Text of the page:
Portugal Table of Contents
Portugal's rising share of manufactured goods in total merchandise exports, which reached 80 percent in 1989, was indicative of the country's newly industrialized status. Between 1980 and 1988, exports of manufactured goods increased by 10 percent per year by volume, which was double the rate of its European neighbors, and Portugal gained market share. The country's major commodity exports in 1990 included textiles, clothing, and footwear (accounting for 37 percent of total export value); machinery and transport equipment (20 percent); forest products (10 percent, including pulp and paper and cork products); agricultural products (8 percent, mainly wine and tomato paste); chemicals and plastic products (5 percent); and energy products (about 4 percent). Portugal's comparative advantage appeared to lie with high forestry resources content (wood and cork products, including pulp and paper) and labor-intensive products (textiles, clothing, and footwear). With the participation of multinational firms, Portugal was also gaining competitive strength in the export of automobiles and automotive components and electrical and electronic machinery.
When compared with the other EC member countries and the United States, Portugal had a strong competitive advantage because of its low wage scale. As an example, 1989 hourly labor costs in Portuguese manufacturing (in United States dollars) averaged approximately half those of Greece (a country with a similar per capita GDP), a third those of Spain, and about a fifth of most other West European countries and the United States.
Manufactured goods (notably machinery, transportation equipment, and chemicals) accounted for about 75 percent of merchandise imports in 1989, food and beverages for about 10 percent, and raw materials (mainly crude petroleum) for about 16 percent. Portugal imported about 60 million barrels of oil yearly during the late 1980s, but the share of crude petroleum varied between 8 and 20 percent of total imports depending on fluctuations in world oil prices.
Portugal's commodity trade was increasingly dominated by the EC (see table 9, Appendix). In 1990 the EC member countries purchased nearly 74 percent of Portugal's exports and supplied over 69 percent of its imports; in 1985, the year prior to Portugal's membership in the EC, the EC member counties purchased about 63 percent of Portugal's exports and supplied nearly 46 percent of Portugal's imports. Within the EC, the former West Germany, France, and Britain were Portugal's leading trading partners. But after the accession of both Iberian countries to the EC in 1986 (and the dismantling of trade restrictions between them), Spain suddenly emerged as a significant trading partner, taking over 13 percent of Portugal's exports in 1990 and providing 14.4 percent of the latter's imports. Thus, Spain ranked with West Germany as Portugal's premier national supplier in 1990, ahead of France, Britain, and Italy.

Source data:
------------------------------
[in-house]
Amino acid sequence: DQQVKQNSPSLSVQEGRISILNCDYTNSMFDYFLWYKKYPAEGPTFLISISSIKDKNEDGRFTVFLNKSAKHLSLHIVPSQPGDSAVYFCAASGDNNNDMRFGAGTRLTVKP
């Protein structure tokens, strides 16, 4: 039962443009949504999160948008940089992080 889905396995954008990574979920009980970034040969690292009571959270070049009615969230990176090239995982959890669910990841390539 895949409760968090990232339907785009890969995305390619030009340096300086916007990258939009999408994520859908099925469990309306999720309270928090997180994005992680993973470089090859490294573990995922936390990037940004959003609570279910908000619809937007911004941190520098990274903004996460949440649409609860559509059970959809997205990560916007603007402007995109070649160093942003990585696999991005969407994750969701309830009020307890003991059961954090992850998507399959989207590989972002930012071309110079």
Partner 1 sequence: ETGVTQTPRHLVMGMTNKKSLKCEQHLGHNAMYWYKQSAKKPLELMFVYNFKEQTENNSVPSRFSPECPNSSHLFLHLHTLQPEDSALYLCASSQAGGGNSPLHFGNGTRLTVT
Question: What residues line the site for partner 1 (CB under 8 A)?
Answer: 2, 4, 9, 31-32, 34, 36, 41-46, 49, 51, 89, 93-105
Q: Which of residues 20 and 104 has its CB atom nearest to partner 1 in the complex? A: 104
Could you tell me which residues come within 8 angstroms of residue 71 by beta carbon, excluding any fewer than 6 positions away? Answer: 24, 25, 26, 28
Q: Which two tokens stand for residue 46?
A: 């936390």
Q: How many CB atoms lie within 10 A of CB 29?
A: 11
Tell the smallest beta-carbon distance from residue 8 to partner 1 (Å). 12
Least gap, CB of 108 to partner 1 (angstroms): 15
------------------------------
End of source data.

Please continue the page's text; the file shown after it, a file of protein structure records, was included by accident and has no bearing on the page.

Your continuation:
The relative position of the United States in Portugal's import trade declined sharply from nearly 10 percent of the total in 1985 to 3.9 percent in 1990. Because Portugal heavily imported grain, soybeans, and animal feedstuffs, its adoption of the CAP led to costly trade diversion from former, more efficient sources, mainly the United States, to higher-cost continental EC member countries. On the other hand, Portugal's full membership in the EC would permit its manufacturers to capture a larger share of exports to EC member countries at the expense of lower-cost exporters from Latin America and East Asia; similarly, Portuguese producers of quality wine were expected to gain market share at the expense of wine producers in Southern Mediterranean countries that were not fully integrated into the EC. In both these cases, trade diversion would favor Portuguese entrepreneurs.
Portugal's trade with the previous Escudo Area (its former African colonies) had fallen sharply since the revolution. Still, a restructured Angola under a competent, non-Marxist regime could once more offer Portugal significant opportunities for two-way trade in the late 1990s. The share of Portuguese imports supplied by the Organization of the Petroleum Exporting Countries (OPEC), which amounted to over 17 percent in 1985 (the year before the collapse of world oil prices), shrank to below 7 percent in 1990.
Data as of January 1993
Portugal Table of Contents